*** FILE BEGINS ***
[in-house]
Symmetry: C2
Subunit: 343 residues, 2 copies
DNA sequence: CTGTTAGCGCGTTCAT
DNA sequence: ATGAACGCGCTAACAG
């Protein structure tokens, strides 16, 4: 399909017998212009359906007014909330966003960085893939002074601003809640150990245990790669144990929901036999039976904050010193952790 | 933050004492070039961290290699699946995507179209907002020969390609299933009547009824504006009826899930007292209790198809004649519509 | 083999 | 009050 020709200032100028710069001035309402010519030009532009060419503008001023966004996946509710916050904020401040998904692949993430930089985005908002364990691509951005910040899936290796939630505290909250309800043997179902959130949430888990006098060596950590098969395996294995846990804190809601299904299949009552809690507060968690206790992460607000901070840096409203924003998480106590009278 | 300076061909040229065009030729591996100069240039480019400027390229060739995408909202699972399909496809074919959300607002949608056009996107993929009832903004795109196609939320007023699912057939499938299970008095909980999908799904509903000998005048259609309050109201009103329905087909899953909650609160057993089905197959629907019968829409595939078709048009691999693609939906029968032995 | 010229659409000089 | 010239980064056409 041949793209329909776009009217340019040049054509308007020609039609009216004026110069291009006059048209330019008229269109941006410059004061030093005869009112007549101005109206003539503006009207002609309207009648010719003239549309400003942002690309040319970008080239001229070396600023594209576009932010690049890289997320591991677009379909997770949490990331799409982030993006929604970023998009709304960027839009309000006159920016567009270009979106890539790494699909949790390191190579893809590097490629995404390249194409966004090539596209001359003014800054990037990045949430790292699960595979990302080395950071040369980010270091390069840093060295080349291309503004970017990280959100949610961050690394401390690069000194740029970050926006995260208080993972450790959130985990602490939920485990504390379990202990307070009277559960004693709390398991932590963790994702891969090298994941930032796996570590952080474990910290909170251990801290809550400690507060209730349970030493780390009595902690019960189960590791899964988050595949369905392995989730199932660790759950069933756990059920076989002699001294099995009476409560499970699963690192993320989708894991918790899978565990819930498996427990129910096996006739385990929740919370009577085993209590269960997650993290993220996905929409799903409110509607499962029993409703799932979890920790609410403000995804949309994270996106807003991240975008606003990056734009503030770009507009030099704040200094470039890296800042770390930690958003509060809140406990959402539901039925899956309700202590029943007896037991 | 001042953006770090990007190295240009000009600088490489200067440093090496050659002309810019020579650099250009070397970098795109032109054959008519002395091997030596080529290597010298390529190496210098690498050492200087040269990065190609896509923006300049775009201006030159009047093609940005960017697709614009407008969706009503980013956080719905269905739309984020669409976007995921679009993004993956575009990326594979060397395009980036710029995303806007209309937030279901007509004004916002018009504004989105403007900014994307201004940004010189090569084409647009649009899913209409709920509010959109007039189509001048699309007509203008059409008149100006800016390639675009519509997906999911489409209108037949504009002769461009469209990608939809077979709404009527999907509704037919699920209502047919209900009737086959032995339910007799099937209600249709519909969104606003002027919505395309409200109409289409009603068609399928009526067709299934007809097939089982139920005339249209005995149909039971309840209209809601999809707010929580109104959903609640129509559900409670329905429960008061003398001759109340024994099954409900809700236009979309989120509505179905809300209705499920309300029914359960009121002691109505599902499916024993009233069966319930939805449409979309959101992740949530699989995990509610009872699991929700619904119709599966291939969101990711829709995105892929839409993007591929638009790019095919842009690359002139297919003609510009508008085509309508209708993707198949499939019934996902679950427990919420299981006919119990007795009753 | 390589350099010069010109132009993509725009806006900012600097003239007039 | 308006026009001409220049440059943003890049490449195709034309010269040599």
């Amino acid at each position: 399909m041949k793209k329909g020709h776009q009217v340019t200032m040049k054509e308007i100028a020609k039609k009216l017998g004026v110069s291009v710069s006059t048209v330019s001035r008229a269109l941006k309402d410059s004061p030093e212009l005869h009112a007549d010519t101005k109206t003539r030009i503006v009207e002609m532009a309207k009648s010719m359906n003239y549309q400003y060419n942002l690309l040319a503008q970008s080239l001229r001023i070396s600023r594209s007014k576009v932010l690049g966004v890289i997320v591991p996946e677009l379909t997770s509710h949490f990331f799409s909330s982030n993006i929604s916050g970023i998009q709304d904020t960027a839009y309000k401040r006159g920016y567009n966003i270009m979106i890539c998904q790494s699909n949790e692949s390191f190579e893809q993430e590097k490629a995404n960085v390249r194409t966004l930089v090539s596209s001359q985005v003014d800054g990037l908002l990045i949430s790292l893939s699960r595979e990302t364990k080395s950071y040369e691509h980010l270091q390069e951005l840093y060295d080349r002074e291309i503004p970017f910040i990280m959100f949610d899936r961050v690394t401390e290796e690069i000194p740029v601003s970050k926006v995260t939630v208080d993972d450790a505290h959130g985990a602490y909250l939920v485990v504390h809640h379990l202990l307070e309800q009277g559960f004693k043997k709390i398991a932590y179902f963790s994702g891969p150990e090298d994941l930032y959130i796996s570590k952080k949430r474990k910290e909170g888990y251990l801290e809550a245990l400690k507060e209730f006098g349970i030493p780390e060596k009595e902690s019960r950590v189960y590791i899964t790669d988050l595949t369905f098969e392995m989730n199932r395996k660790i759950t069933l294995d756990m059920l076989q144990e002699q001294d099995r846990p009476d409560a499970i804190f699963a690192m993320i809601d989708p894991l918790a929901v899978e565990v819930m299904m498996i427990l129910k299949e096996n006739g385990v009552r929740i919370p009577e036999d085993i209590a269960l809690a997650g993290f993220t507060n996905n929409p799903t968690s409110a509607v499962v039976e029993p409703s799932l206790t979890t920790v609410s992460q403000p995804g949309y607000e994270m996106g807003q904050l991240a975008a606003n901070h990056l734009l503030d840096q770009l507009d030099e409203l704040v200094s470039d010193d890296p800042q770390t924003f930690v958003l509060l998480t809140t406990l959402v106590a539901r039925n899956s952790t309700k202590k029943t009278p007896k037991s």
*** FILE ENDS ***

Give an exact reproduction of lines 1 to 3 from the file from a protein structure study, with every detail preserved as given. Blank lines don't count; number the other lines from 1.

[in-house]
Symmetry: C2
Subunit: 343 residues, 2 copies